Canadian Journal of Cardiology



      South Asians (SAs) have an increased prevalence of coronary artery disease (CAD) and myocardial infarction compared with age- and sex-adjusted White Caucasians (WCs). The mechanism for this increased risk is poorly understood. While classical CD14++CD16- monocytes act as independent predictors of cardiovascular disease, differences in the distribution of monocyte subsets between SA and WC have not been established. We aimed to determine if differences exist in monocyte subsets between SAs and WCs at risk for CAD.


      119 consecutive patients (59 SA, 60 WC) of at least intermediate CAD risk by the INTERHEART score were prospectively enrolled. Patients with history of malignancy, age > 70, GFR < 30 or on dialysis were excluded. A single blood sample was collected for monocyte analysis. Flow cytometry using dual colour fluorescence (CD14, CD16) within the monocyte gate was used to identify monocyte subsets (classical, intermediate, and non-classical) by staff blinded to the individuals’ characteristics. The SA group consisted of 64% males with a mean age of 54 (+/- 9), while the WC group consisted of 55% males with a mean age of 59 (+/- 7). Both groups had similar body mass index, rates of hypertension, dyslipidemia and family history of premature CAD. Compared to WCs, SAs had higher prevalence of diabetes (36% vs. 13%, p = 0.005) and hemoglobin A1C levels (6.0 +/- 1.1% vs. 5.6 +/- 0.6%, p < 0.001). SA patients had a higher proportion (85.3 +/- 10.7% vs. 81.4 +/- 11.0%, p = 0.009) and total level (449.0 +/- 180.4 vs. 388 +/- 127.4, p = 0.010) of classical CD14++CD16- monocytes compared to WCs. There was no difference between the two groups in the proportion of intermediate CD14++CD16+ and non-classical CD14+CD16++ monocytes (see Figure 1). There was no association between diabetes and the proportion of monocyte subsets. Ethnicity had a moderate association with the proportion of classical CD14++CD16- monocytes (Eta coefficient = 0.525) with a large effect size (Eta squared = 27.5%). The association of ethnicity with intermediate CD14++CD16+ and non-classical CD14+CD16++ monocytes was either weak or negligible with minimal to no effect size (see Table 1).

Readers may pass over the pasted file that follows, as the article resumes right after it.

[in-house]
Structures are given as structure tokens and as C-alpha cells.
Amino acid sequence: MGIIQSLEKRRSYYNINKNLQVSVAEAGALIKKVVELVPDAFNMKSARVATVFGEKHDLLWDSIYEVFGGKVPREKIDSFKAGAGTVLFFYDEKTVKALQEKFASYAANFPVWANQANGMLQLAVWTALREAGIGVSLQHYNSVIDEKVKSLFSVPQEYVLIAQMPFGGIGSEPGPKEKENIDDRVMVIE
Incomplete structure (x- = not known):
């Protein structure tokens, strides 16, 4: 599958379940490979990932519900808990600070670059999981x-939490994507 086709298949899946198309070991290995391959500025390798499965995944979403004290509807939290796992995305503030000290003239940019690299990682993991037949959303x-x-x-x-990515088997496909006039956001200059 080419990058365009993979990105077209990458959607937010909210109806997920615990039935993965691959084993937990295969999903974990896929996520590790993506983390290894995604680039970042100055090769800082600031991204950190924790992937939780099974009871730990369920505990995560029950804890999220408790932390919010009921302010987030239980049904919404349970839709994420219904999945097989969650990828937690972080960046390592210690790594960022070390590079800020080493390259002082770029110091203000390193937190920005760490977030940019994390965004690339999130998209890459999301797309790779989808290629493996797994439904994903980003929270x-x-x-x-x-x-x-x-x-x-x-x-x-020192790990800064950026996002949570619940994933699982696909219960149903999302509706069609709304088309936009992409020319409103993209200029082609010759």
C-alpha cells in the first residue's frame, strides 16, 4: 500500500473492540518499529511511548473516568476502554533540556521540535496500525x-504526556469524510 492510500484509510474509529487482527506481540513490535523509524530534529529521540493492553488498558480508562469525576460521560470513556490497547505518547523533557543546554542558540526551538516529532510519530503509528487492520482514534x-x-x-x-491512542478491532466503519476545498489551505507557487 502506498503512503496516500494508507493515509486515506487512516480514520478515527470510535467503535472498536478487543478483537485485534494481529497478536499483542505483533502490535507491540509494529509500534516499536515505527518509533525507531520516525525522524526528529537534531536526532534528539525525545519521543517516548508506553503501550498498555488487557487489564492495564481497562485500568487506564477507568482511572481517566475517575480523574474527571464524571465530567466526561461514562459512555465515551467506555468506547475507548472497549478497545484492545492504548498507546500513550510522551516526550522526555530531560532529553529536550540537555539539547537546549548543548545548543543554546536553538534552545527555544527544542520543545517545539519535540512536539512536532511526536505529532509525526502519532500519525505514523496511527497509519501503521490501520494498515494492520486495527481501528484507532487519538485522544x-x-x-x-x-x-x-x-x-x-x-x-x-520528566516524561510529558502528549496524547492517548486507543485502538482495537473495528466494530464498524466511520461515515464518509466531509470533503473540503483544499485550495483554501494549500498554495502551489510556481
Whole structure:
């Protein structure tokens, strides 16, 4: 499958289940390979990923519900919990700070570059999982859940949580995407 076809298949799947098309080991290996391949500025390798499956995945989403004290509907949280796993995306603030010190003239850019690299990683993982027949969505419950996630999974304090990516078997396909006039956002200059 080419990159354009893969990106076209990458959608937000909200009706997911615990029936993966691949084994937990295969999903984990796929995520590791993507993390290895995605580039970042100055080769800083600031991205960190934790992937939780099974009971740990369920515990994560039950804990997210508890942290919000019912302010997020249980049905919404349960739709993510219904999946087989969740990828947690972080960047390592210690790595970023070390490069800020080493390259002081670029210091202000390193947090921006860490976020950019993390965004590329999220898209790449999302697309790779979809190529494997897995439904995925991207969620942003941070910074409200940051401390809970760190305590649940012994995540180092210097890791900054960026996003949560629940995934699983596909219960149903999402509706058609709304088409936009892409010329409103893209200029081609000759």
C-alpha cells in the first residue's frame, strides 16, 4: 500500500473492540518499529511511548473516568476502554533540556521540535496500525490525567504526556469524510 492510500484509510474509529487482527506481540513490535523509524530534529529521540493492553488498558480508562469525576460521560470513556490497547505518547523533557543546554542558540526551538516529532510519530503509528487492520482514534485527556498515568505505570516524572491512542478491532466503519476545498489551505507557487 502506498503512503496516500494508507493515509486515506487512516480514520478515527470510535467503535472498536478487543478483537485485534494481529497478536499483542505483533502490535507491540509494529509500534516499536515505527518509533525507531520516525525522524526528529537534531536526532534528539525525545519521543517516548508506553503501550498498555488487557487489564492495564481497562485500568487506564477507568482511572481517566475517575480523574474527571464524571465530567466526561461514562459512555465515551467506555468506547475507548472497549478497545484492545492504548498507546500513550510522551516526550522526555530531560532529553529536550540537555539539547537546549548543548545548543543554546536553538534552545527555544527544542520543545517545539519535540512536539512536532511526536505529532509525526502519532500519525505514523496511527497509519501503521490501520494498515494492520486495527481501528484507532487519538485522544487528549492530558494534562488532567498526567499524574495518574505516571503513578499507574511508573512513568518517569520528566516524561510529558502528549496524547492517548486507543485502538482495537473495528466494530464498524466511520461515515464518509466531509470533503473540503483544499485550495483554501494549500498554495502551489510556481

In patients with substantive risk for CAD, SAs had a significantly higher proportion and level of classical CD14++CD16- monocytes compared to WCs. Our findings provide a novel insight into the potential mechanism of increased CAD susceptibility amongst SAs compared to WCs.
      To read this article in full you will need to make a payment

      Purchase one-time access:

      Academic & Personal: 24 hour online accessCorporate R&D Professionals: 24 hour online access
      One-time access price info
      • For academic or personal research use, select 'Academic and Personal'
      • For corporate R&D use, select 'Corporate R&D Professionals'


      Subscribe to Canadian Journal of Cardiology
      Already a print subscriber? Claim online access
      Already an online subscriber? Sign in
      Institutional Access: Sign in to ScienceDirect